Libya considers closing immigrant reception centers

REUTERS
REUTERS Hundreds of immigrants gathered at a detention center in Libya

Interior Minister of Libya’s UN-backed government Fat’hi Bashagha on Thursday said the government is considering closing all reception centers of illegal immigrants in the country for security reasons, following a deadly attack on a reception center east of Tripoli.

The minister made his remarks during a meeting with Maria do Valle Ribeiro, deputy special representative of the UN secretary-general to Libya.

“Targeting reception centers with F-16 fighter jets and not providing air cover to protect illegal immigrants in shelters is outside the capacity of the government of national accord. Therefore, the government is currently considering closing reception centers and releasing all illegal immigrants to save their lives,” Bashagha said.

A migrant picks up her belongings from among rubble at a detention centre for mainly African migrants that was hit by an airstrike in the Tajoura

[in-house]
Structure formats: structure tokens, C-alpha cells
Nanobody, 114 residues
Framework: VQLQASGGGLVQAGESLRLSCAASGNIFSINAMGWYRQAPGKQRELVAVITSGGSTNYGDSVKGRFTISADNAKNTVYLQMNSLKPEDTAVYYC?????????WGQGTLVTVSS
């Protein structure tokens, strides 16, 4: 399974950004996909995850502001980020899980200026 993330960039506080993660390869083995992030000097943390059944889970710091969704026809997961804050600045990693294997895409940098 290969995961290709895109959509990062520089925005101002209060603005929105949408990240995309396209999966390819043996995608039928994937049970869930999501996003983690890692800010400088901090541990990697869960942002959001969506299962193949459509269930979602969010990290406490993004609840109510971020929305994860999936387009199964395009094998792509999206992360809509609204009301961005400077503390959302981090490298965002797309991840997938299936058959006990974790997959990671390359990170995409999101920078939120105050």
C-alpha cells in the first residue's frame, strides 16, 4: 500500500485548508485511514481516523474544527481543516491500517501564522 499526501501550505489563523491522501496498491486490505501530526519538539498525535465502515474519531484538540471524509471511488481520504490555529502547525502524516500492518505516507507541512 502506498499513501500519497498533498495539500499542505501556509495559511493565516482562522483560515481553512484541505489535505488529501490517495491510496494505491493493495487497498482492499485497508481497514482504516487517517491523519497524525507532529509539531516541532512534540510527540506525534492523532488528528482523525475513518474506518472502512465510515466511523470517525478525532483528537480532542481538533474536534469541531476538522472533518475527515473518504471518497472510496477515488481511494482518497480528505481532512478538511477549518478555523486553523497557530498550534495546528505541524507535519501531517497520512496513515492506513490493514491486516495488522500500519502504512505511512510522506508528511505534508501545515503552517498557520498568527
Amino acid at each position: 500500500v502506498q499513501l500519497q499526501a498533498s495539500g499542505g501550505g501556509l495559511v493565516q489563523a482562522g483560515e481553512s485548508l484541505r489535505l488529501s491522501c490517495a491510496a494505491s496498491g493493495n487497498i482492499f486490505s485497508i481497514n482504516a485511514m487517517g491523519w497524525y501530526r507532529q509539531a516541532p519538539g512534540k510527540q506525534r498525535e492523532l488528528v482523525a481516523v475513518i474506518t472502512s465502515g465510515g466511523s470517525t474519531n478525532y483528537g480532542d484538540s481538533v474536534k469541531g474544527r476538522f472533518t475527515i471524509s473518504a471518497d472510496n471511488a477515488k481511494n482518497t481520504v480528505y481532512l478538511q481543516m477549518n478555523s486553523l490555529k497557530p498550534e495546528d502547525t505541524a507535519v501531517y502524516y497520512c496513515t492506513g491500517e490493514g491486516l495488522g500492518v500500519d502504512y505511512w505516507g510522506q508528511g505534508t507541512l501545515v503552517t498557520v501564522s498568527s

REUTERS

On Tuesday, an immigrant reception center in eastern Tripoli was attacked, killing and injuring dozens of people.

The government accused the rival eastern-based army of carrying out the attack, which the army strongly denied and in return accused the government of it.

The UN Higher Commission of Refugees (UNHCR) and the International Organization for Migration (IOM) demanded closing the immigration reception centers in Libya.

“Including those victims at Tajoura, some 3,300 migrants and refugees remain arbitrarily detained inside and around Tripoli in conditions that can only be described as inhumane. Moreover, migrants and refugees face increasing risks as clashes intensify nearby. These centers must be closed,” the IOM and the UNHCR said in a joint statement.

The eastern-based army has been leading a military campaign to take over the capital from the government since early April, which killed and injured hundreds of people.

Libya is a preferred point of departure for thousands of migrants wanting to cross the Mediterranean towards European shores.

Migrant shelters in Libya are crowded with thousands of migrants who have been rescued at sea or arrested by Libyan security services.

Libya has been suffering from escalating violence and political instability ever since the fall of the late leader Muammar Gaddafi’s regime in 2011.